If these new powers seem like a continuation of mechanics and gameplay systems started in Breath of the Wild six years ago, its main questline and the storytelling & dungeons that underpin it seem more like a reversal. Where the first entry in this duology embraced a laissez-faire attitude toward story, allowing players to pick up the trail of breadcrumbs at their leisure, the sequel takes an approach more typical of the franchise, with more exposition, signposting, and direct intervention in general. For Zelda fans who lamented the absence of story in Breath of the Wild, Tears of the Kingdom will certainly seem an improvement. For others, like myself, who enjoyed the original title's roundabout, hands-off narrative, this latest Zelda title rates as something of a regression.
All that said, the story, not to mention the new lore that buttresses it, is captivating and often moving. It all begins several years after Breath of the Wild, in the dusty tunnels beneath Hyrule castle, from which an inky red gloom has begun to emanate. When the heroic swordsman Link and the selfless Princess Zelda go to investigate they find the source of the noxious gloom — a curious mummified corpse, which promptly awakens, drains Link of his power, and tosses Zelda into the abyss. The resurrection of this mummy sends Hyrule castle airborne, opens gaping chasms and a myriad of caves across the surface of Hyrule, and reveals ancient islands in the sky above. Link awakens an indeterminate amount of time after this event, known as the “Upheaval”, to find Hyrule in peril and the Princess still missing.
Because the story in Tears of the Kingdom takes place in the same universe as Breath of the Wild, it represents a special opportunity to reconnect with beloved characters from the first game, now older and in different spots among their peoples. It also gives never-before-seen glimpses into the technologically-advanced, long gone tribe of the Zonai and the origins of the kingdom of Hyrule. Finally, it does the three main characters of the series justice. Ganon is especially evil and sly; Link is dutiful and loyal; and Zelda is brave, kind, and wise. Really, she's the linchpin of the entire game. Not every franchise installment is truly a legend of Zelda, but this one absolutely is.
Just as the game’s story represents a course correction of sorts, its main dungeons appear to be a concession to fans who requested something akin to "classical" dungeons. Each has some elemental theme, a distinct layout and aesthetic, and a completely unique boss, which seems like a repudiation of the copy-and-paste bosses from the Divine Beasts in Breath of the Wild. By the incredibly high standards of The Legend of Zelda, none of the dungeons are spectacular — one wonders if the dungeon-designing muscle at Nintendo EPD has atrophied over the last 10 years — but fun enough. Much more enticing are the long ascents or descents to the dungeons, which have their own perils, platforming challenges, and even mini-bosses.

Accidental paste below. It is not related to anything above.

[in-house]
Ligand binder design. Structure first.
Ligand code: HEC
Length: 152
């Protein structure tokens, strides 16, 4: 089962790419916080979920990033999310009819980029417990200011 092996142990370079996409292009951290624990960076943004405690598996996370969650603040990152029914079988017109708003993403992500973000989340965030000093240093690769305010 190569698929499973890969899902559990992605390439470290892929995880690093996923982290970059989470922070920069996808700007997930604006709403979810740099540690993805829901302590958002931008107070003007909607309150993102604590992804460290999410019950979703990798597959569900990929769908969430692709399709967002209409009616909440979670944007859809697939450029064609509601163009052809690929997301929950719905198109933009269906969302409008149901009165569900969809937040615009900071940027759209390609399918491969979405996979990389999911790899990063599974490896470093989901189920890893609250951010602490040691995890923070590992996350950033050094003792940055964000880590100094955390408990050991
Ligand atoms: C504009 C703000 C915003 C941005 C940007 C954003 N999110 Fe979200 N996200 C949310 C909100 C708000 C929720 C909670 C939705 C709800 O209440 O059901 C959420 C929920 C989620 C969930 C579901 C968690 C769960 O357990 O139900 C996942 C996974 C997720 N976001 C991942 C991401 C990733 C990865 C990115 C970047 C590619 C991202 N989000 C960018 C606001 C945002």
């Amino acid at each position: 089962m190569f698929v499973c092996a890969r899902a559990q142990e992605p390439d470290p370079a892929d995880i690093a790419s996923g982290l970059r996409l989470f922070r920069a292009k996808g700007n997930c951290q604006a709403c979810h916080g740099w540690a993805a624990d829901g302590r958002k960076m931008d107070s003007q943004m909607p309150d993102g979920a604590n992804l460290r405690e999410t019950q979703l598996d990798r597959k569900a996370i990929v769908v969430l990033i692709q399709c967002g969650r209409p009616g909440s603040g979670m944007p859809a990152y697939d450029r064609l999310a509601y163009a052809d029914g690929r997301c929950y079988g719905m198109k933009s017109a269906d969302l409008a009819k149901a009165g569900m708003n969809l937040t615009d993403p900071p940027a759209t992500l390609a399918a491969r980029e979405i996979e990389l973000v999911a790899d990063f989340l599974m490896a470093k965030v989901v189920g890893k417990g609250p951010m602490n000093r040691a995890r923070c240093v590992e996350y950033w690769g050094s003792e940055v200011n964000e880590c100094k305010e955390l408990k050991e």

Everything in Tears of the Kingdom, from its surface and Sky Islands, to its Depths and dungeons, is brought to vivid life thanks to the game’s winsome art direction and visuals. Like Breath of the Wild before it, it won’t blow anyone away graphically, but the anime-inspired soft-texture art style goes a long way. Performance-wise, it's in a league of its own, not because its hits 120 frames per second at 4K resolution — it maintains 30 FPS in all but the busiest of scenes at a humble 900p when docked — but because the game never, ever buckles when so many systems and calculations are running on screen and behind the scenes. This is one of the most physically and mechanically audacious games of all time, running smoothly on the little engine that could - known as the Switch.
Topping Breath of the Wild was always going to be a monumentally tough task, but Fujibayashi, Aonuma, and the legion of artists and technicians at Nintendo came as close as humanly possible with this sequel. In terms of story, structure, and atmosphere, it’s a small step down, but in terms of gameplay systems and depth, it’s a noticeable step up. Regardless of whether it’s superior or inferior to its predecessor, Tears of the Kingdom is a staggering achievement in video game design and programming, and one of the very best games of the generation.
Machina posted 17/05/2023, 05:43
10 million in 3 days
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Machina posted 15/05/2023, 08:01
Just French sales only so far - 500,000 launch there.